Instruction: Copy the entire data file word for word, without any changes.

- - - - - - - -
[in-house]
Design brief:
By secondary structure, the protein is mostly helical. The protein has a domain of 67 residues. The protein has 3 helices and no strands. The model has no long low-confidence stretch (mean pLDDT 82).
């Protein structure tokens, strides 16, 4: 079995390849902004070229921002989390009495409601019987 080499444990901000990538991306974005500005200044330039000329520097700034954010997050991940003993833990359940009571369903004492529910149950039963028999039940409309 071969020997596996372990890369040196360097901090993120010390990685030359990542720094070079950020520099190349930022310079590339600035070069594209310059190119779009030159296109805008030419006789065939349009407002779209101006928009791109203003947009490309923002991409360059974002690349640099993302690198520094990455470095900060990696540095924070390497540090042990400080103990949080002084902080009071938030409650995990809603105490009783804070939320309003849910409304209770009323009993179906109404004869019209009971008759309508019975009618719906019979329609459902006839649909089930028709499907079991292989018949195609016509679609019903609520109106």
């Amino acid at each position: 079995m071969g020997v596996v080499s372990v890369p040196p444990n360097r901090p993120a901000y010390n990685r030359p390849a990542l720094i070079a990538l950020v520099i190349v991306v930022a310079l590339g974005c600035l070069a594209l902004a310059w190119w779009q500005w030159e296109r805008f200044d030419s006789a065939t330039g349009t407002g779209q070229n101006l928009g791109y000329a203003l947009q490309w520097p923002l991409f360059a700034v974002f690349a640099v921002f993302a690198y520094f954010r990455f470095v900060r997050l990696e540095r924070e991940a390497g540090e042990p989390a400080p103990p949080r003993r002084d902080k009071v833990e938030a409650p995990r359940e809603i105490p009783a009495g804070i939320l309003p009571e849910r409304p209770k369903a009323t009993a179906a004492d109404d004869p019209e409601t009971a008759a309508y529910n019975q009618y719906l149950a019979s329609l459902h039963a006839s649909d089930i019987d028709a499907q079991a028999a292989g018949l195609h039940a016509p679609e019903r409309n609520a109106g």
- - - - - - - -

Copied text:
[in-house]
Design brief:
By secondary structure, the protein is mostly helical. The protein has a domain of 67 residues. The protein has 3 helices and no strands. The model has no long low-confidence stretch (mean pLDDT 82).
């Protein structure tokens, strides 16, 4: 079995390849902004070229921002989390009495409601019987 080499444990901000990538991306974005500005200044330039000329520097700034954010997050991940003993833990359940009571369903004492529910149950039963028999039940409309 071969020997596996372990890369040196360097901090993120010390990685030359990542720094070079950020520099190349930022310079590339600035070069594209310059190119779009030159296109805008030419006789065939349009407002779209101006928009791109203003947009490309923002991409360059974002690349640099993302690198520094990455470095900060990696540095924070390497540090042990400080103990949080002084902080009071938030409650995990809603105490009783804070939320309003849910409304209770009323009993179906109404004869019209009971008759309508019975009618719906019979329609459902006839649909089930028709499907079991292989018949195609016509679609019903609520109106």
């Amino acid at each position: 079995m071969g020997v596996v080499s372990v890369p040196p444990n360097r901090p993120a901000y010390n990685r030359p390849a990542l720094i070079a990538l950020v520099i190349v991306v930022a310079l590339g974005c600035l070069a594209l902004a310059w190119w779009q500005w030159e296109r805008f200044d030419s006789a065939t330039g349009t407002g779209q070229n101006l928009g791109y000329a203003l947009q490309w520097p923002l991409f360059a700034v974002f690349a640099v921002f993302a690198y520094f954010r990455f470095v900060r997050l990696e540095r924070e991940a390497g540090e042990p989390a400080p103990p949080r003993r002084d902080k009071v833990e938030a409650p995990r359940e809603i105490p009783a009495g804070i939320l309003p009571e849910r409304p209770k369903a009323t009993a179906a004492d109404d004869p019209e409601t009971a008759a309508y529910n019975q009618y719906l149950a019979s329609l459902h039963a006839s649909d089930i019987d028709a499907q079991a028999a292989g018949l195609h039940a016509p679609e019903r409309n609520a109106g």